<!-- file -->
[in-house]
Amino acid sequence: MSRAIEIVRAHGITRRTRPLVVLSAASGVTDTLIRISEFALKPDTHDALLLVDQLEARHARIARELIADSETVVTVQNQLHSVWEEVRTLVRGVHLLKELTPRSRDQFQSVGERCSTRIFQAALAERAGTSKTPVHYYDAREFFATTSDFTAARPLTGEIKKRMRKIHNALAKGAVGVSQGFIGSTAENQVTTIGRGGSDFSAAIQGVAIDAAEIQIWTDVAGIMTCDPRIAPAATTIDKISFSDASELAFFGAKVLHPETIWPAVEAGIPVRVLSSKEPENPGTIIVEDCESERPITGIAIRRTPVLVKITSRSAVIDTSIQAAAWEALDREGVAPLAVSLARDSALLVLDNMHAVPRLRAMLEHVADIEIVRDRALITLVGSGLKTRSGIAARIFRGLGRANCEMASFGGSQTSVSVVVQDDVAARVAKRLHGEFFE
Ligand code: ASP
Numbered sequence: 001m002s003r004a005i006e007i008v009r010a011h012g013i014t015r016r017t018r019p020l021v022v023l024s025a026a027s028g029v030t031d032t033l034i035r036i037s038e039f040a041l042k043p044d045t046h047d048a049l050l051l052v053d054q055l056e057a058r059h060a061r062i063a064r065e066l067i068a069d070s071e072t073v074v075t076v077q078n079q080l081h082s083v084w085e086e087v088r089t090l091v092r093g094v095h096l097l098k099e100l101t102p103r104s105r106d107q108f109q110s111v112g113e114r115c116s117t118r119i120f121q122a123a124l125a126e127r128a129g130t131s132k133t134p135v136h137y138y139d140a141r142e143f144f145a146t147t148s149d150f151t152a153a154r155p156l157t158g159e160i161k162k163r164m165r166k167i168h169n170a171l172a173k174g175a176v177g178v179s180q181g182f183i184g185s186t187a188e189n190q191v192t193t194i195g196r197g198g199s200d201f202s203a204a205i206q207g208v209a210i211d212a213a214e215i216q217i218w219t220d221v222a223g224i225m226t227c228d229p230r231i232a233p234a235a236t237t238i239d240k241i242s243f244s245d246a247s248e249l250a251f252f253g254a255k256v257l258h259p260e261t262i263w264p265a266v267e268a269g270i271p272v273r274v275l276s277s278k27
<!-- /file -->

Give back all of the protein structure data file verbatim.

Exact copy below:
[in-house]
Amino acid sequence: MSRAIEIVRAHGITRRTRPLVVLSAASGVTDTLIRISEFALKPDTHDALLLVDQLEARHARIARELIADSETVVTVQNQLHSVWEEVRTLVRGVHLLKELTPRSRDQFQSVGERCSTRIFQAALAERAGTSKTPVHYYDAREFFATTSDFTAARPLTGEIKKRMRKIHNALAKGAVGVSQGFIGSTAENQVTTIGRGGSDFSAAIQGVAIDAAEIQIWTDVAGIMTCDPRIAPAATTIDKISFSDASELAFFGAKVLHPETIWPAVEAGIPVRVLSSKEPENPGTIIVEDCESERPITGIAIRRTPVLVKITSRSAVIDTSIQAAAWEALDREGVAPLAVSLARDSALLVLDNMHAVPRLRAMLEHVADIEIVRDRALITLVGSGLKTRSGIAARIFRGLGRANCEMASFGGSQTSVSVVVQDDVAARVAKRLHGEFFE
Ligand code: ASP
Numbered sequence: 001m002s003r004a005i006e007i008v009r010a011h012g013i014t015r016r017t018r019p020l021v022v023l024s025a026a027s028g029v030t031d032t033l034i035r036i037s038e039f040a041l042k043p044d045t046h047d048a049l050l051l052v053d054q055l056e057a058r059h060a061r062i063a064r065e066l067i068a069d070s071e072t073v074v075t076v077q078n079q080l081h082s083v084w085e086e087v088r089t090l091v092r093g094v095h096l097l098k099e100l101t102p103r104s105r106d107q108f109q110s111v112g113e114r115c116s117t118r119i120f121q122a123a124l125a126e127r128a129g130t131s132k133t134p135v136h137y138y139d140a141r142e143f144f145a146t147t148s149d150f151t152a153a154r155p156l157t158g159e160i161k162k163r164m165r166k167i168h169n170a171l172a173k174g175a176v177g178v179s180q181g182f183i184g185s186t187a188e189n190q191v192t193t194i195g196r197g198g199s200d201f202s203a204a205i206q207g208v209a210i211d212a213a214e215i216q217i218w219t220d221v222a223g224i225m226t227c228d229p230r231i232a233p234a235a236t237t238i239d240k241i242s243f244s245d246a247s248e249l250a251f252f253g254a255k256v257l258h259p260e261t262i263w264p265a266v267e268a269g270i271p272v273r274v275l276s277s278k27